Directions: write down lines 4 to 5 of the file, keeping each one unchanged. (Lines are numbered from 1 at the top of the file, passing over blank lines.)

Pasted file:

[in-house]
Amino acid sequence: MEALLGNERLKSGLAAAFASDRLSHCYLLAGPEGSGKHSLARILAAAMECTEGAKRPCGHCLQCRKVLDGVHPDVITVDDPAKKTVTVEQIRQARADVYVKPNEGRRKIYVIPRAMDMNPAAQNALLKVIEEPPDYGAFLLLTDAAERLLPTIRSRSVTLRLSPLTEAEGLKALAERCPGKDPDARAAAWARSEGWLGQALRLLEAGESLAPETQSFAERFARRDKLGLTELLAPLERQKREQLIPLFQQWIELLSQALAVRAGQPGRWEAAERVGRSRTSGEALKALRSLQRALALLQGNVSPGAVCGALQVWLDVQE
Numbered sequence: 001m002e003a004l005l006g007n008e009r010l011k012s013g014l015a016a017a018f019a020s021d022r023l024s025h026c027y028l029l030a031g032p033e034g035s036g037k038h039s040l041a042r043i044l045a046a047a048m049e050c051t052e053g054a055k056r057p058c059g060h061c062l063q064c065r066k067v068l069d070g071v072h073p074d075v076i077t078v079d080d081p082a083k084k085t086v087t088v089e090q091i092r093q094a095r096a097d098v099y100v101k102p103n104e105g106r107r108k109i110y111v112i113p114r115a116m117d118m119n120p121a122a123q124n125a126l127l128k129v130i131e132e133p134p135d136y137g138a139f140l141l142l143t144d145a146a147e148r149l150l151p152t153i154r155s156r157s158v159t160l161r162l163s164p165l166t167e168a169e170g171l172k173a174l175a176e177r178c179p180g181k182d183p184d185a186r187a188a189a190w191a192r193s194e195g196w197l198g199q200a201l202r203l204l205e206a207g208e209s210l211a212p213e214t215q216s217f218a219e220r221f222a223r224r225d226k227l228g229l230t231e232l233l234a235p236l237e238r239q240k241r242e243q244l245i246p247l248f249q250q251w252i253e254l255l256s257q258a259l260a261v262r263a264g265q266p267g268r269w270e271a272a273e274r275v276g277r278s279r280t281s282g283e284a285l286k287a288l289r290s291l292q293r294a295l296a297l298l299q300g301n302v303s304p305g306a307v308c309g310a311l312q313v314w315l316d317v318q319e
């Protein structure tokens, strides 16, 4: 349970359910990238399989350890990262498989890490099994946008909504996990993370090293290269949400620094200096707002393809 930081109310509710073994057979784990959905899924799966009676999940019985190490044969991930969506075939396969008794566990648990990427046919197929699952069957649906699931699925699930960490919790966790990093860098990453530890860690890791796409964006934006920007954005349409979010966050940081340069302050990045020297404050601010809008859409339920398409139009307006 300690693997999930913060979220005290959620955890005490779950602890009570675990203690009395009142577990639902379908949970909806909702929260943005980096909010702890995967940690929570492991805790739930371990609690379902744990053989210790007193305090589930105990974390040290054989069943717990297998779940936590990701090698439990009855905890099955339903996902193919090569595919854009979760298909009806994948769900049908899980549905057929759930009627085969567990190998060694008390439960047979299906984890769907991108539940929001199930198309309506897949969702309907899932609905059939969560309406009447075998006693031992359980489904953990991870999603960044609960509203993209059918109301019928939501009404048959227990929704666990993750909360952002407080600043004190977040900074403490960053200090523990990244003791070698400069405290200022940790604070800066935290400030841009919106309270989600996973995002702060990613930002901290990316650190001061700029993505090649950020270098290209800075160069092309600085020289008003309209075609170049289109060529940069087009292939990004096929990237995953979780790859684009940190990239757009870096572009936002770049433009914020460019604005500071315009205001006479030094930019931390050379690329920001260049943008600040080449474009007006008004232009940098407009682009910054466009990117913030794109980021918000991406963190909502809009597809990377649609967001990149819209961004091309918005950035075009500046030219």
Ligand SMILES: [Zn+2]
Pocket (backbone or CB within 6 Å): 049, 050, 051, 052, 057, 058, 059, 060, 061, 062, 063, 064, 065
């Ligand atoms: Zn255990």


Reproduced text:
């Protein structure tokens, strides 16, 4: 349970359910990238399989350890990262498989890490099994946008909504996990993370090293290269949400620094200096707002393809 930081109310509710073994057979784990959905899924799966009676999940019985190490044969991930969506075939396969008794566990648990990427046919197929699952069957649906699931699925699930960490919790966790990093860098990453530890860690890791796409964006934006920007954005349409979010966050940081340069302050990045020297404050601010809008859409339920398409139009307006 300690693997999930913060979220005290959620955890005490779950602890009570675990203690009395009142577990639902379908949970909806909702929260943005980096909010702890995967940690929570492991805790739930371990609690379902744990053989210790007193305090589930105990974390040290054989069943717990297998779940936590990701090698439990009855905890099955339903996902193919090569595919854009979760298909009806994948769900049908899980549905057929759930009627085969567990190998060694008390439960047979299906984890769907991108539940929001199930198309309506897949969702309907899932609905059939969560309406009447075998006693031992359980489904953990991870999603960044609960509203993209059918109301019928939501009404048959227990929704666990993750909360952002407080600043004190977040900074403490960053200090523990990244003791070698400069405290200022940790604070800066935290400030841009919106309270989600996973995002702060990613930002901290990316650190001061700029993505090649950020270098290209800075160069092309600085020289008003309209075609170049289109060529940069087009292939990004096929990237995953979780790859684009940190990239757009870096572009936002770049433009914020460019604005500071315009205001006479030094930019931390050379690329920001260049943008600040080449474009007006008004232009940098407009682009910054466009990117913030794109980021918000991406963190909502809009597809990377649609967001990149819209961004091309918005950035075009500046030219």
Ligand SMILES: [Zn+2]